Platform Access

There are many ways to access the elevated platforms of a playground, each one offering a unique challenge and new way to play for all age groups. There are, however safety concerns, especially younger children, that need to be taken into account.

Use Zone

Like with all other play structures, it is important that the ends of all ramps, stairs, and climbers are six feet away from any other equipment, borders, or other obstacles that children could fall into. Anything within six feet of the play structure can be dangerous to a playing child.

Platform Access: The Basics


Ramps are the easiest way for children to access an elevated platform, but it is especially easy for preschool-aged children. They are a great option because they are the most accessible to children with mobility concerns as well, especially for children with wheelchairs.

The slope of a ramp is an important part of its construction and can depend on the space available for the playground. The slope should not exceed a ratio of 1:12, or rising one foot for every 12 feet in length. The ramp should also have a landing if it is any longer than 12 feet with a diameter of at least five feet. The ramps should also be wide enough to accommodate all children, but the recommended width of a ramp is at least three feet.  Following these regulations, guidelines help maintain the playground as a space that is truly as accessible as possible to every child.


Stairways are a simple alternative to a ramp that are easy for young children to use. They have wide treads, handrails, and a low slope which makes them ideal for easy access to children with small feet and less balance.

In order to have a safe, easy to use stairway, each step should rise about 8”, and the rise should be consistent between each step. Transfer platforms can also be used in a stairway and should be at a height of 11-18” from the ground.




Stepladders are a form of access that pose a more interesting challenge to playing kids. They are more difficult to use, especially for preschool-aged children, who need more tread depth in order to easily climb. The use of a ladder can encourage them to develop balancing and motor function skills as they play.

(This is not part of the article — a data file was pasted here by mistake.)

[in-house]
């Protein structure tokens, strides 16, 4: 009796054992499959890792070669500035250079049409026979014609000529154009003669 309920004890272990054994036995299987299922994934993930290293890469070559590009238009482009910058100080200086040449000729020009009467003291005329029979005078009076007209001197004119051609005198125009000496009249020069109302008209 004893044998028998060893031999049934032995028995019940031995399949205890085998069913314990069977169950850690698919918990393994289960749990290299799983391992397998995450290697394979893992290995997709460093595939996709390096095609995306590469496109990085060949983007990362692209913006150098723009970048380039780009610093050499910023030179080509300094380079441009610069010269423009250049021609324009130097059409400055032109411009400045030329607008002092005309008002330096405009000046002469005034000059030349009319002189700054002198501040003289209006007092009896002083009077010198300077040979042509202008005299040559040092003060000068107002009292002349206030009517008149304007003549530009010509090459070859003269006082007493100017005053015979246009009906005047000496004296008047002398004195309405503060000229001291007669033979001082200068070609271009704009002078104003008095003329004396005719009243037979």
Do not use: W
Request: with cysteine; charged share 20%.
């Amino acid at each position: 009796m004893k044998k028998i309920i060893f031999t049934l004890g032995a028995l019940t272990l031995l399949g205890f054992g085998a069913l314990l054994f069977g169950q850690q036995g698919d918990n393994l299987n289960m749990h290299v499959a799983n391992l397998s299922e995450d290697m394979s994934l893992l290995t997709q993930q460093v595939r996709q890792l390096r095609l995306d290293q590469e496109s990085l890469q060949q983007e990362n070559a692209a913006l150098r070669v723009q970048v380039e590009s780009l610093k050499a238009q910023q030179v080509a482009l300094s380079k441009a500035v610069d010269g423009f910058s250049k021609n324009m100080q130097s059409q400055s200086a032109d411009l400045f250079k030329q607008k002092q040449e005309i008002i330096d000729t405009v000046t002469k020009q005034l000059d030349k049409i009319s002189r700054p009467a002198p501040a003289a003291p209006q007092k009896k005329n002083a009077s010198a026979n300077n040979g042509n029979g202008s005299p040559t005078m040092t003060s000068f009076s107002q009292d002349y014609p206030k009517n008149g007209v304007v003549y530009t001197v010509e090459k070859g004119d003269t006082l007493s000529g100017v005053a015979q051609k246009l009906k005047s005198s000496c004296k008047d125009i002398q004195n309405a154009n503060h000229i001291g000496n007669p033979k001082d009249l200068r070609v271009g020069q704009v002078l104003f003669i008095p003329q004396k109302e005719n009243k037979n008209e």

The tread depth and riser dimensions can vary depending on age and it is important to remember that younger children with smaller feet and shorter legs will need smaller rising dimensions and larger treads to prevent injuries. Keeping the age group of a playground’s potential users in mind is key to building a fun space while still maximizing safety.  


Handrails are necessary for any stepladder or stairway and are important to consider when installing your playground. Besides the necessity of handrails, the specific design and dimension of the stepladder can vary greatly depending on your particular needs. They are especially important for the safety of children using more difficult means of access to the playground equipment. Starting at the very first step, at the leading edge, handrails provide support all the way to the end of the structure where it connects with a platform.

Handrails and handgrips need to be an appropriate size for children so that most of their hand is able to wrap around the perimeter. Both rigid and flexible components need to have a diameter of no more than 1.5”, and at least .6”. Flexible components, however, can be a little smaller in diameter, at least .6”. This will ensure that children of all ages can safely use the equipment.

Other Forms of Access

There are many other ways that an elevated platform can be accessed on a playground, and the more structures that are incorporated, the more interesting and challenging a playground will be children of all ages. Structures like arch climbers, flexible climbers, and ladders can be attached, but should not be attached to any structures over the platform itself to ensure that these more exacting elements do not become dangerous or hazardous themselves.

Arch Climbers

Arch climbers are certainly one of the more difficult pieces of equipment for a child to use on any playground. They are a fun challenge for many age groups but are difficult for younger kids to use. They should not, therefore, be the only way to access a platform, but used alongside ladders, stairs, or ramps, they will become a popular, more adventurous option for any playground.

Flexible Components

Any flexible components should also be accompanied by other means of access. They need to be properly anchored at both the top and bottom of the structure so that children are less likely to fall while climbing and needs to be anchored beneath the surface at the required depth. This is also an especially challenging element for preschool children, and so it is important that they have the ability to have both feet on the same level while climbing.